Perverts Knot wanted in the Scouts : DataNews
Baden Powell

Perverts Knot wanted in the Scouts

Somewhere out there in the digital world are a bank of computers that hold all the information relating to criminal convictions clocked up by the entire population.

 
After the case of Soham double murderer Ian Huntley, who managed to get a job as a school caretaker despite having a predilection for sex with underage girls, it was felt this database could be put to good use.

 
Now anybody who works in even remote contact to children or vulnerable adults has to have a criminal records check from the Disclosure and Barring Service (DBS). The service administers all checks and issues certificates to prospective employers about not only the convictions the applicant might have but also any cautions and any relevant police suspicion. The checks are also carried out on volunteers who want to work with children in charities.

 
So a few years ago I asked the DBS for details of the convictions revealed in checks run on applicants to the Scouts. It yielded some interesting information about killers, paedophiles and drug dealers that wanted to sit around the kids’ camp fire. The story was published in the Star on Sunday (see below). The prospect of all these villains wanting positions with the Scouts is enough to make its founder Baden Powell (pictured above) turn in his grave I imagine.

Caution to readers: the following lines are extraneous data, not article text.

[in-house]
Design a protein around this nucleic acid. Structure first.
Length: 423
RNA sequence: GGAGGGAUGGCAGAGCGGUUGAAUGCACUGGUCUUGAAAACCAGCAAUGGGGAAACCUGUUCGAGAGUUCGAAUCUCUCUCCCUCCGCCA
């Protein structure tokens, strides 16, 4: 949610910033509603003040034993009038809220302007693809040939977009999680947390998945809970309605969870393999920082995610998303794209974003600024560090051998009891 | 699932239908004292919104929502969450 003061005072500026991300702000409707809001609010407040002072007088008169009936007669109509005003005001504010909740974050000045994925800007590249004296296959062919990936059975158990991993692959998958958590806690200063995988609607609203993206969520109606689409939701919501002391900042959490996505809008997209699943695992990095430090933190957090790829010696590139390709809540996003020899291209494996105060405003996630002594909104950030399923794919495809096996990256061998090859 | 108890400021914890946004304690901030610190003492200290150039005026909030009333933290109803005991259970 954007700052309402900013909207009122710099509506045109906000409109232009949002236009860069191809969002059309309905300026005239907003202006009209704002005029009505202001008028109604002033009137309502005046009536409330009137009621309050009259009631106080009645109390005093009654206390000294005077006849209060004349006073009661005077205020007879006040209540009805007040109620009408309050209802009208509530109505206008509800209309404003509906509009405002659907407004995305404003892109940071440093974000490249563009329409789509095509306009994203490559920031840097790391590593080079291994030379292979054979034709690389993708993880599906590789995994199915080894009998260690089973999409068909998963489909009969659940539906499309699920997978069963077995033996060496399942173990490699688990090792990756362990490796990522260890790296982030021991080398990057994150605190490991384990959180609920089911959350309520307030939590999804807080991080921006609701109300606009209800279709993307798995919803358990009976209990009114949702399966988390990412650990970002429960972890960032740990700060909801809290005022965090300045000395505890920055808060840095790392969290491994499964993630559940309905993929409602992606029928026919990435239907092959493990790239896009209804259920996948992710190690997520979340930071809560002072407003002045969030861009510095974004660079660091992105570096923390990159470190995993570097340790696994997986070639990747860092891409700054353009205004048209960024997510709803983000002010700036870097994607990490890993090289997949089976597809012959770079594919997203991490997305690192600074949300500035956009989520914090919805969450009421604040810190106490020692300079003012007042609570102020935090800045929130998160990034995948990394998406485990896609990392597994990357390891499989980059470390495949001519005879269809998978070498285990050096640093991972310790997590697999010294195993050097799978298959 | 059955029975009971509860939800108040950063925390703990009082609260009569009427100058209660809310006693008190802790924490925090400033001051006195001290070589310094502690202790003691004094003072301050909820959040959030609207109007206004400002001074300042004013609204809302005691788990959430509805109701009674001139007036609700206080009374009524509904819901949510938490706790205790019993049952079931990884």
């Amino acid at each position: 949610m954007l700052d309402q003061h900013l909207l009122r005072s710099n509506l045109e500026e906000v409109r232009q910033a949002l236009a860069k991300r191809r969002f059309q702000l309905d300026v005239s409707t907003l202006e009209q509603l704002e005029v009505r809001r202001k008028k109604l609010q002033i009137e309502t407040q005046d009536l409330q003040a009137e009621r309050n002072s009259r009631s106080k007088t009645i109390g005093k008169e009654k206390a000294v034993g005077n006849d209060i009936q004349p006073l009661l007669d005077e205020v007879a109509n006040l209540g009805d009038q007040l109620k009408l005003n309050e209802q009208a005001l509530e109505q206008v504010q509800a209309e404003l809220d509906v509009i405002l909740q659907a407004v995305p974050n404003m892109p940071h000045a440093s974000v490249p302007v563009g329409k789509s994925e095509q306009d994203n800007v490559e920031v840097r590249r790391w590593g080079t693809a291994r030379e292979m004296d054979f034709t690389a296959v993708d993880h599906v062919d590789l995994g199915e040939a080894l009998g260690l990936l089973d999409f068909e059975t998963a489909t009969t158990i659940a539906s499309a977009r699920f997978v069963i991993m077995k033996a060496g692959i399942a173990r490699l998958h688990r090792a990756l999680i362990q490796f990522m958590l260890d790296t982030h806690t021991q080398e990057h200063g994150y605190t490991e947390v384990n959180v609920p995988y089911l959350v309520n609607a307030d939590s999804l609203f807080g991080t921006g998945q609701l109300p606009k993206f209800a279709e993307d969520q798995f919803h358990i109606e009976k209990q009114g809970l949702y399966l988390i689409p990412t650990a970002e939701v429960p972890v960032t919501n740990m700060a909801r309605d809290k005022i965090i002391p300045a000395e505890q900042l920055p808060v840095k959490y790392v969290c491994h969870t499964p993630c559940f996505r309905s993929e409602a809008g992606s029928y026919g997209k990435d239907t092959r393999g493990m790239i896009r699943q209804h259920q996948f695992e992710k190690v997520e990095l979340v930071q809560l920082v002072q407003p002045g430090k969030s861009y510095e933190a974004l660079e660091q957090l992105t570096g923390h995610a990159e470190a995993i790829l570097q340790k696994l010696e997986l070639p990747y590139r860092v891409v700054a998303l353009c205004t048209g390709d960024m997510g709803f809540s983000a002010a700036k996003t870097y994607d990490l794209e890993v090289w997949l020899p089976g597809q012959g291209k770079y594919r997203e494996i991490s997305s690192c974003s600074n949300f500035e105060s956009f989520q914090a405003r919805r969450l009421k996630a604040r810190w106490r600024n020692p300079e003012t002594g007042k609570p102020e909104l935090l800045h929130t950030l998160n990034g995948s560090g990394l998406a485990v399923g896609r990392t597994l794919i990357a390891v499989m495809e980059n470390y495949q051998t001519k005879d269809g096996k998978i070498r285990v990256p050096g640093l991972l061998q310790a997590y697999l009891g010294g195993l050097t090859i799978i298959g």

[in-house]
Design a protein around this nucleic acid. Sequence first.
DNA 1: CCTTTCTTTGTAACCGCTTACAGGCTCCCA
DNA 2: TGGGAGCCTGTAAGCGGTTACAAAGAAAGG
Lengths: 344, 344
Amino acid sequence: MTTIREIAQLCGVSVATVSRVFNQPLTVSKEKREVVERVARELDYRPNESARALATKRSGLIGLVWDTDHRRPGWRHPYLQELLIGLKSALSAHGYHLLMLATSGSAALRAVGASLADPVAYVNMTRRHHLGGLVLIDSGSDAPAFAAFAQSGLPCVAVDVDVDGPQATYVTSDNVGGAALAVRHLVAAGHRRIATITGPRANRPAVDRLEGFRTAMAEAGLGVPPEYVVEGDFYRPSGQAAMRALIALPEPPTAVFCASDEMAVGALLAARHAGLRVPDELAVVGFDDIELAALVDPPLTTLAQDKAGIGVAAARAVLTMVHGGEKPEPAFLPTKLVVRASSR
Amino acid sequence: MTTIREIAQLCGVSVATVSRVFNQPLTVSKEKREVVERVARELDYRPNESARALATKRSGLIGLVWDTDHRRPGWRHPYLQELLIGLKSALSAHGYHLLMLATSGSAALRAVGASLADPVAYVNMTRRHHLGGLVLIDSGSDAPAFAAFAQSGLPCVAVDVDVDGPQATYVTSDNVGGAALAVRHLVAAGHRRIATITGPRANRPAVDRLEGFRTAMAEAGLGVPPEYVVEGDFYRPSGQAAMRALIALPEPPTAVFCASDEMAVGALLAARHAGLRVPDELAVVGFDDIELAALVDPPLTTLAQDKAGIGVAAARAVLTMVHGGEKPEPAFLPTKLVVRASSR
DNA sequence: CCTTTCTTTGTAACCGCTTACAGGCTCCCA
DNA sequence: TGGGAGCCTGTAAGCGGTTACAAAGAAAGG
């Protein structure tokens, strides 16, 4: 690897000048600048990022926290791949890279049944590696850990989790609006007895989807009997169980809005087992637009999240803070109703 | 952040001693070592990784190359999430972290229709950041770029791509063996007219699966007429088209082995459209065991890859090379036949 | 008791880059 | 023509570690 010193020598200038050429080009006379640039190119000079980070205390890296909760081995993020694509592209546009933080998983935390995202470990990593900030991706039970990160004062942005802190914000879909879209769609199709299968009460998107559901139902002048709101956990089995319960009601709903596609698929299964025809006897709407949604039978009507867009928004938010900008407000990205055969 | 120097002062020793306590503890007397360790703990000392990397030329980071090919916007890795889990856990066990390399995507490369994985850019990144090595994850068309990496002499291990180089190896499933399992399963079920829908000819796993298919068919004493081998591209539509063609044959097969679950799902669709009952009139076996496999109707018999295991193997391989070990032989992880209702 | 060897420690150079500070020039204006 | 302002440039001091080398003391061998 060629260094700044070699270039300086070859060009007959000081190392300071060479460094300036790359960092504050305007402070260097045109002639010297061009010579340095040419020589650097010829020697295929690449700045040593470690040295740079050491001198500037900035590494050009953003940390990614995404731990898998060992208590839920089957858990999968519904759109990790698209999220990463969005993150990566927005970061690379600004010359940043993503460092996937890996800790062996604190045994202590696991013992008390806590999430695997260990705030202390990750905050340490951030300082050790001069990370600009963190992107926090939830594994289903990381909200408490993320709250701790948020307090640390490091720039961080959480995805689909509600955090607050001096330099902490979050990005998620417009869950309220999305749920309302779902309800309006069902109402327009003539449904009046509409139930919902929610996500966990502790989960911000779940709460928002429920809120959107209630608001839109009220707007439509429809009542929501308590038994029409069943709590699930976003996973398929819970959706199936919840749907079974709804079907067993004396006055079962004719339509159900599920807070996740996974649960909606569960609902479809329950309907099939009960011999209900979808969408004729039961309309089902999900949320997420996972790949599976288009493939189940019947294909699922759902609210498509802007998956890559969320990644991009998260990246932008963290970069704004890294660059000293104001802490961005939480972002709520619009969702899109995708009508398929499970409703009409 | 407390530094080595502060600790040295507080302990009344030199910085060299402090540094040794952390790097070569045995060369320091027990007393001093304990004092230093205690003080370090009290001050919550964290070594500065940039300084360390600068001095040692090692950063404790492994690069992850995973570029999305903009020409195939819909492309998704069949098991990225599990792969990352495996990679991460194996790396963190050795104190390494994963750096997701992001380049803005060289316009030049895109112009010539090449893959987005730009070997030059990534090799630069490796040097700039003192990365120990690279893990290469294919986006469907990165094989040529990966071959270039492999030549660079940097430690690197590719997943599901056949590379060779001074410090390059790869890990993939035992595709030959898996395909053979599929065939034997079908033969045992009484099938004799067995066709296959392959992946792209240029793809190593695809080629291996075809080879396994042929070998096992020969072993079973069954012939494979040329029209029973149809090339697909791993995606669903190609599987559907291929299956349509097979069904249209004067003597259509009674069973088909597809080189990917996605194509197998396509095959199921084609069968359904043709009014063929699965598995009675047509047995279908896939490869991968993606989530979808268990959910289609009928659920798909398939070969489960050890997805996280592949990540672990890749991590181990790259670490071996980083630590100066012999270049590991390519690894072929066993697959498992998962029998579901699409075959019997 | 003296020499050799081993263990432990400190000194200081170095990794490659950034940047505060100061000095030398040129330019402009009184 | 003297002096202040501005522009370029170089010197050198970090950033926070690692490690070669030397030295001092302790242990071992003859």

scouts star
But the theory of examining applications to the DBS can be done for any organisation such as a council or a charity, or even by the type of job that the person is applying for. So credit must go to Schools Week, who put in the request that gave them the information for an article that was later picked up by the Daily Mail (see below).

 


It showed that would-be teachers had convictions for all manner of offences including robbery, blackmail, child sex offences and even soliciting to murder. Of course the peculiar thing about these stories is that they are “good” news in that the checks mean these people should be weeded out and denied the opportunity to have access to potential victims. Ultimately it is the prospective employer who makes the decision to hire or not based on what is on the DBS check. But it is hard to imagine scout leaders or headteachers giving jobs to people with these sort of convictions.

 
What is really surprising is these people with unsavoury convictions go to the effort of applying knowing that their past misdemeanours will get flagged up.

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